Have you ever dreamed of traveling around the world? There are many people who long to quit their jobs for business with Car Parts and get out there to see the world but for some reason, they never make the leap. Below are some of the most common excuses people use and the reasons you should ignore them and just go traveling.
1. I am Afraid – Leaving the comfort of your life, your home, city and country is scary. It’s possible that you have heard or read traveling stories that ended badly. Traveling is an experience and there are dangers out there but nothing much more serious then you would experience at home. Millions of people safely travel the world every year, and so can you.
2. I Hate My Job But… – You hate your job but hope that something will change next year. You are convinced that you will wake up one day and everything will be different and your job will be everything you always hoped for? Keep dreaming, the only way to change your life is to change it yourself. Travel can change not only your perspective on things but also your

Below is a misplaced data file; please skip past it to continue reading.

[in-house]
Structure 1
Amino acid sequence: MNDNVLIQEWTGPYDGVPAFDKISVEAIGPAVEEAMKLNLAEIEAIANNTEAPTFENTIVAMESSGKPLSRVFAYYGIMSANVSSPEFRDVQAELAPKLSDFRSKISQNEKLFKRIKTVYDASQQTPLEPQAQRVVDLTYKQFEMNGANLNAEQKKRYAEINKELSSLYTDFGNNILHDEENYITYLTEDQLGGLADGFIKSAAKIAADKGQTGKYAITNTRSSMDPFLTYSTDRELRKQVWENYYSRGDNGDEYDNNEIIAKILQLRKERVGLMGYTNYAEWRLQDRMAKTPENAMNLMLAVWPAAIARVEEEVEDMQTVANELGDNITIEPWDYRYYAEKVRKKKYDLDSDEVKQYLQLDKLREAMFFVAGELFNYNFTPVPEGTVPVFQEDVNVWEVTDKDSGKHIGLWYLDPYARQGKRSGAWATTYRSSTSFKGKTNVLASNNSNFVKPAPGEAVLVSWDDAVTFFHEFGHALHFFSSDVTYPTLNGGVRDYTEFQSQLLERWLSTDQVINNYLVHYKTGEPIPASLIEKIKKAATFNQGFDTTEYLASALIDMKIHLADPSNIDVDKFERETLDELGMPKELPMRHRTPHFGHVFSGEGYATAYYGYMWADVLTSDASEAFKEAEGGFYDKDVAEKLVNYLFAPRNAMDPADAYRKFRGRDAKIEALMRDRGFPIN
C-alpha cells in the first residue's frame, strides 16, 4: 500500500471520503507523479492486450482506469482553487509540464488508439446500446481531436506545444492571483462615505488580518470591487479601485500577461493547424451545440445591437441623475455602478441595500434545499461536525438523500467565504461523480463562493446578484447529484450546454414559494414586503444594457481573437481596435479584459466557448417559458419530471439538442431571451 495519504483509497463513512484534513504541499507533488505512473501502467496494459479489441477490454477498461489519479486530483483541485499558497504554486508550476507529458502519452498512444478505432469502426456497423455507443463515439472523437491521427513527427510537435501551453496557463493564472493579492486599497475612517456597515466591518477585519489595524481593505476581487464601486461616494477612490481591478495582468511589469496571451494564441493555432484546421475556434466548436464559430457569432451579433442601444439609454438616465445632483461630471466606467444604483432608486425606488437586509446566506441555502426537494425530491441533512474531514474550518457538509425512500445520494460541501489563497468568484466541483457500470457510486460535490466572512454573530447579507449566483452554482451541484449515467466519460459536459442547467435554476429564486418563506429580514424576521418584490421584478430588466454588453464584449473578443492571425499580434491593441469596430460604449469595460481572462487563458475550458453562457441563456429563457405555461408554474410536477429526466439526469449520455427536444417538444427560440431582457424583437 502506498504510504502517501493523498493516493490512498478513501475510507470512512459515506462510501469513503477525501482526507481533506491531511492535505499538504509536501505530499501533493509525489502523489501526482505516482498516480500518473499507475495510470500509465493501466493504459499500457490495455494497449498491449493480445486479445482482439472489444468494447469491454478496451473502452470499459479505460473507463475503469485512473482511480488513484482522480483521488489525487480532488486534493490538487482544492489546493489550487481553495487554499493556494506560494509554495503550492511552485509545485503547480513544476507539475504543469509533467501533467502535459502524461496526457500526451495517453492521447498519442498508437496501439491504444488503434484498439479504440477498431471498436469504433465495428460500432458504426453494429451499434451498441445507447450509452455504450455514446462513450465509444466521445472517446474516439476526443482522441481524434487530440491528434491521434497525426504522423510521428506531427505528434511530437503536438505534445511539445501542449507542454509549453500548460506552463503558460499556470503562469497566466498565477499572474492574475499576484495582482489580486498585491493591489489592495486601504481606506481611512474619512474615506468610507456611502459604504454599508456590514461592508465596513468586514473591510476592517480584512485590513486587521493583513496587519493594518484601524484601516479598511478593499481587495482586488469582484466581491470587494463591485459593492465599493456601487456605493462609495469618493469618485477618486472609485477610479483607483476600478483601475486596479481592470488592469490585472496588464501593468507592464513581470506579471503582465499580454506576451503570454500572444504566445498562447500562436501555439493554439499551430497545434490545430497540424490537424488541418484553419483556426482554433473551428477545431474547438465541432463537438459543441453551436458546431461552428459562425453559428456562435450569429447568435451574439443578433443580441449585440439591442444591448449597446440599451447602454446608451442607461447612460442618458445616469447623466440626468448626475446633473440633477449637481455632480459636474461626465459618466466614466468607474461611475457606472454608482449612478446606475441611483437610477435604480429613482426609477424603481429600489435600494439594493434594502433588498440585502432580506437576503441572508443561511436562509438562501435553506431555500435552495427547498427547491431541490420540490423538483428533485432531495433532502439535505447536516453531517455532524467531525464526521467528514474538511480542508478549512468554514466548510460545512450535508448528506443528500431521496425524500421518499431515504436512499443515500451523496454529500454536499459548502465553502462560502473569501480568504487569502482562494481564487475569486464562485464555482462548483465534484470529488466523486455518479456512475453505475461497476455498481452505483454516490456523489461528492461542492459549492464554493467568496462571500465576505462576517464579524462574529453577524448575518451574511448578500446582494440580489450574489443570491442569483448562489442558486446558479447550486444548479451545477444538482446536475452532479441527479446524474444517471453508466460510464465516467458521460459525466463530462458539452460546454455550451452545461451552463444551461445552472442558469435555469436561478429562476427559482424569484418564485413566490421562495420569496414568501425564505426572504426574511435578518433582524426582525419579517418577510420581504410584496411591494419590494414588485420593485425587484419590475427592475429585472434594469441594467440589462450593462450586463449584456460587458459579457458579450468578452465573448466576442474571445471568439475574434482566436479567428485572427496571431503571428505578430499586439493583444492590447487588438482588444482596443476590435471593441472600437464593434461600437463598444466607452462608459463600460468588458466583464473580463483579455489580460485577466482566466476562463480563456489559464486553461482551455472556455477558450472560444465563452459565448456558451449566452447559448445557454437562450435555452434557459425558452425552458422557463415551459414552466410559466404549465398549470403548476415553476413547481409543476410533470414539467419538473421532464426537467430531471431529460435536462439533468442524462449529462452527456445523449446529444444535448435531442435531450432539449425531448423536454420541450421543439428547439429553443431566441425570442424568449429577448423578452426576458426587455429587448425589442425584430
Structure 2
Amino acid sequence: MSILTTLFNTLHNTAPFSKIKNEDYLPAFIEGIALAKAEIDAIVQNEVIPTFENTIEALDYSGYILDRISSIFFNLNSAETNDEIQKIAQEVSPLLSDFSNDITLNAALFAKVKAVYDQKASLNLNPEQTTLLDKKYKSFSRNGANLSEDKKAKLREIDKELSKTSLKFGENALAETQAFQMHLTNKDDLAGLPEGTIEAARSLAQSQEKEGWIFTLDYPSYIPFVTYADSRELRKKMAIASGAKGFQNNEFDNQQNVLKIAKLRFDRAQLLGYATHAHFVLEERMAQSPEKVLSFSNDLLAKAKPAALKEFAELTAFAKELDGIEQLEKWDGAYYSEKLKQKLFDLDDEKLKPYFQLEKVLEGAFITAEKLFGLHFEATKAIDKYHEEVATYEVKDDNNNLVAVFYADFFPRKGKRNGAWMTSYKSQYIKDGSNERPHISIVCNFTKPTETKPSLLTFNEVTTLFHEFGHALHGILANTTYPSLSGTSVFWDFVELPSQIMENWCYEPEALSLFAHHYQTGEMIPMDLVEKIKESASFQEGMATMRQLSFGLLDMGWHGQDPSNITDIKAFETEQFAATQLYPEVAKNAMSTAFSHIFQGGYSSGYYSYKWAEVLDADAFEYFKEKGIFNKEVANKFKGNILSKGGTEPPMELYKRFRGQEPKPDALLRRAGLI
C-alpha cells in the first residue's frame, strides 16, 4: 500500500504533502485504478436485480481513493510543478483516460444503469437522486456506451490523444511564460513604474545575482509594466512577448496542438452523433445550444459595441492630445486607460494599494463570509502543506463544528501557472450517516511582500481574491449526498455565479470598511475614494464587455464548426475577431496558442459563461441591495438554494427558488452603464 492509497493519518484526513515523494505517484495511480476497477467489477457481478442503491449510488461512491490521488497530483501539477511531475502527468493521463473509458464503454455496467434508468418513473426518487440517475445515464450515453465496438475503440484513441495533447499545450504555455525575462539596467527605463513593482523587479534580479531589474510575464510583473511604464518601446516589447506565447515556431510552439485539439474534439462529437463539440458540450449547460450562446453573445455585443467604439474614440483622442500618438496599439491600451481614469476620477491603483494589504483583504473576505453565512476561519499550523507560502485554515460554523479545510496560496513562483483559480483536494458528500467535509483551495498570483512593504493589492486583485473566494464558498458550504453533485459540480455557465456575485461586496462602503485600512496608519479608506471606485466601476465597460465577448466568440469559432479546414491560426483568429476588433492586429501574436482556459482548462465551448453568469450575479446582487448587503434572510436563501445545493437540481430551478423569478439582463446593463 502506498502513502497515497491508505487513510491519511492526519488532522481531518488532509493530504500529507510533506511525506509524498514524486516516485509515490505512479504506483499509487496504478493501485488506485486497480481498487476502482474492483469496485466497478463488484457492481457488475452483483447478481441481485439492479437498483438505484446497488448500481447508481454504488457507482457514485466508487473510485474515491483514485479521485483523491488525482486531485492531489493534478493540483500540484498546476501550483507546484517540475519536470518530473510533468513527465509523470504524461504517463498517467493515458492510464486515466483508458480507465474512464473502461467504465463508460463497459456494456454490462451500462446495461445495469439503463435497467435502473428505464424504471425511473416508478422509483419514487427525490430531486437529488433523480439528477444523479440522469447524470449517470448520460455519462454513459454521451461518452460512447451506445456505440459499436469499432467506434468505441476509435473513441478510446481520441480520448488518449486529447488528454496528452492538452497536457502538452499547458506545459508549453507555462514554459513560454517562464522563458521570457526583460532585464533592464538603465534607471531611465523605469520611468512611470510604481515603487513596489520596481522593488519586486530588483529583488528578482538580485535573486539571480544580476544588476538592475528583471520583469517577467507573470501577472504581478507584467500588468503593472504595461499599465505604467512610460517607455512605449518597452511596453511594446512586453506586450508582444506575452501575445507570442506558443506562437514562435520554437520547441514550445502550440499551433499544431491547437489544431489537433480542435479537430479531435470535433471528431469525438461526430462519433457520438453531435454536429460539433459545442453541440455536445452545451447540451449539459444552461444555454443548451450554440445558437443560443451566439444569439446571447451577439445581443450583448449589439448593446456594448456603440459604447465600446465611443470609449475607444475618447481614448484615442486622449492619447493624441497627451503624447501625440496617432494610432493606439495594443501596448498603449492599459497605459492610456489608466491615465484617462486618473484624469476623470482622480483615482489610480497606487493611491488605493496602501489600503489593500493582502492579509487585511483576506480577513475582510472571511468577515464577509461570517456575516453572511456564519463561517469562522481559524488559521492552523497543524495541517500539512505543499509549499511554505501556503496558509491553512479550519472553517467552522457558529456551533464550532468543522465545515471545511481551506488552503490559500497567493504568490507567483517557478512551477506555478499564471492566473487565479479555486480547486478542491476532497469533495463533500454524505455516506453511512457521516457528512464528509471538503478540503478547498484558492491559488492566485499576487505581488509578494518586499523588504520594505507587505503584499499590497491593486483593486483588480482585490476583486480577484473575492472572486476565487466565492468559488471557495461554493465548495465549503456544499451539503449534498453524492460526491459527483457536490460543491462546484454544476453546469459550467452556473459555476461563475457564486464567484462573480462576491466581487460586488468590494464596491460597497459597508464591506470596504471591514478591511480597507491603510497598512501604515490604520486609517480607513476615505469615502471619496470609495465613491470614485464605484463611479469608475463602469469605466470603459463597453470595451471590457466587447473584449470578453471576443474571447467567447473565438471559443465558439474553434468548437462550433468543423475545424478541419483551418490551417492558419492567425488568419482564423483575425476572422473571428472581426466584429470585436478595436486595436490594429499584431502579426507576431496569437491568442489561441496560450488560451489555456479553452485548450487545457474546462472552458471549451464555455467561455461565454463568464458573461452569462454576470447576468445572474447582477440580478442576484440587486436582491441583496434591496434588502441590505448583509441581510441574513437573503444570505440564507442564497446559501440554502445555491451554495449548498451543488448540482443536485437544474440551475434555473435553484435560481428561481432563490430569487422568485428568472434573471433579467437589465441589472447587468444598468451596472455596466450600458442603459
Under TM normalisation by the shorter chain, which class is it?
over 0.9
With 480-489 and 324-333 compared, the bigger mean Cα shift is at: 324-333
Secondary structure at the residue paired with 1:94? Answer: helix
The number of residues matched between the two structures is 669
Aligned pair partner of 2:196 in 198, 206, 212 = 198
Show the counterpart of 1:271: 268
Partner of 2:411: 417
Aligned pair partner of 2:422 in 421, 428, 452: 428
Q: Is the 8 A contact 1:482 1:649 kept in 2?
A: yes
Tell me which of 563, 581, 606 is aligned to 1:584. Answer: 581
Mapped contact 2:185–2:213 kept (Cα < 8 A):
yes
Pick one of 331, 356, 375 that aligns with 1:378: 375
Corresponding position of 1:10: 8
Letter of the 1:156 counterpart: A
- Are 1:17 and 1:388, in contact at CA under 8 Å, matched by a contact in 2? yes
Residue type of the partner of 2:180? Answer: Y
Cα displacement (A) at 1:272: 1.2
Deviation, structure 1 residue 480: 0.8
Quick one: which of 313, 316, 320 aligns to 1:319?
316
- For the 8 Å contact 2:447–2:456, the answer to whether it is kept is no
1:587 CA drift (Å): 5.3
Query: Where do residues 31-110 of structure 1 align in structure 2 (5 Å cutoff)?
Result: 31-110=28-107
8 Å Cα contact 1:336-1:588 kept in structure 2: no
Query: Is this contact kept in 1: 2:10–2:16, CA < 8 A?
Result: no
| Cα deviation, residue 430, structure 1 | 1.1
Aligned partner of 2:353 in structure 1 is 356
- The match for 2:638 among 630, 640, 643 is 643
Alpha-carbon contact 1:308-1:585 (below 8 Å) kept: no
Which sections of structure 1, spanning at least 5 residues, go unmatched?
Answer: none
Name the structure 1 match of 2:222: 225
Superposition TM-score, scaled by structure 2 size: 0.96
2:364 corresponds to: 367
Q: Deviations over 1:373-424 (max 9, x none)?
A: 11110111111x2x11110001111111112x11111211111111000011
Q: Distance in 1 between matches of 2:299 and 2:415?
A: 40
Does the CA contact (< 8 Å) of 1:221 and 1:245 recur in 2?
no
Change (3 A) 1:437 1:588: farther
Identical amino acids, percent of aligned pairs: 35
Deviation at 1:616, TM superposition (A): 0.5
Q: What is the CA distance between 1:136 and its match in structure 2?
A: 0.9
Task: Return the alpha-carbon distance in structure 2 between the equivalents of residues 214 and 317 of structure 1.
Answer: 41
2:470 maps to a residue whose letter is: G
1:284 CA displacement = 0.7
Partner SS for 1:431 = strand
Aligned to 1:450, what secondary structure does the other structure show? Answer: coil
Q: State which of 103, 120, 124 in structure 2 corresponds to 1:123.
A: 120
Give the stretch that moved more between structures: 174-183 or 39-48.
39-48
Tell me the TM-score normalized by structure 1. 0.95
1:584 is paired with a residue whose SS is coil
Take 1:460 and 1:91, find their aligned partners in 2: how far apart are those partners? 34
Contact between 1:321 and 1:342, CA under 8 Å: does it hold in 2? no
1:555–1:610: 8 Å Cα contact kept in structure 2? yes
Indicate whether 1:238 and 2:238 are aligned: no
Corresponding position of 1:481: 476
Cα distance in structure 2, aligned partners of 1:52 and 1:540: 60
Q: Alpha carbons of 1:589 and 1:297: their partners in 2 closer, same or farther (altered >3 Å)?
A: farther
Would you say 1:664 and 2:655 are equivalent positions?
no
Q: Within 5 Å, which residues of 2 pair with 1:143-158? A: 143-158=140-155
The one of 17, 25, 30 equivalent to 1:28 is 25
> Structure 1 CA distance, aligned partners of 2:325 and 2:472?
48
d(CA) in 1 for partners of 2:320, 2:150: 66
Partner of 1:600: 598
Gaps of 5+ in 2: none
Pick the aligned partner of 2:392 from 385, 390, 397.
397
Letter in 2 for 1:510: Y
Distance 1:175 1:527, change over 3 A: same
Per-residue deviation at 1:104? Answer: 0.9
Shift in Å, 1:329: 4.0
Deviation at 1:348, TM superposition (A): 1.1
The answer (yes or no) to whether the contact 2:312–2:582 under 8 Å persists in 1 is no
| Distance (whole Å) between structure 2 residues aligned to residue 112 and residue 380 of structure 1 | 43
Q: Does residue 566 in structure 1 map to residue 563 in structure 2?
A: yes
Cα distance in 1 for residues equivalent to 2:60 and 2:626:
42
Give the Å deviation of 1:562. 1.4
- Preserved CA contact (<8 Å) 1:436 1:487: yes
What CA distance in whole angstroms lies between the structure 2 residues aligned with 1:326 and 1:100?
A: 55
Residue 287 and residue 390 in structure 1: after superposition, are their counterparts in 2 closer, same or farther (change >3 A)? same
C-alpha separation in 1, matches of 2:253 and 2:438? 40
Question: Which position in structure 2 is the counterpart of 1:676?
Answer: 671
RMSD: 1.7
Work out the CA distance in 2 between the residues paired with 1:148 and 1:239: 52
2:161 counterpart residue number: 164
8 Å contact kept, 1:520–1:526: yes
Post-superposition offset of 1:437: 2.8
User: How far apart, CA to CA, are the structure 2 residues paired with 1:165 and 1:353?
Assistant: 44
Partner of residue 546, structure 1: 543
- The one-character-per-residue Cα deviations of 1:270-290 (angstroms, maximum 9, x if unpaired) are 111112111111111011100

World travel is always an adventure. But today, with all of the “stuff” that goes on in the world and the hateful sentiment toward Americans and America that is felt in many countries around the world, the question of which countries are actually the safest to travel to comes to mind right away when planning to travel abroad.
We, of course, have a few suggestions. The following locations are probably the safest travel destinations, but that doesn’t mean that bad things CAN’T happen. It only means that bad things are far less likely to happen.
Finland is probably the safest travel destination in all of northern Europe. Helsenki, the capital of Finland, is named “the world’s friendliest city” year after year. It deserves the title. You’ll find prices are high and the current exchange rate doesn’t help matters any. Travel to Finland might cost more, but it’s definitely safe!
Japan has the lowest crime rate of any industrialized nation in the world – unless crimes against whales is included in the count. You’ve probably heard your grandparents talk about how it was in America back in the 1950s; people ride bicycles and talk to strangers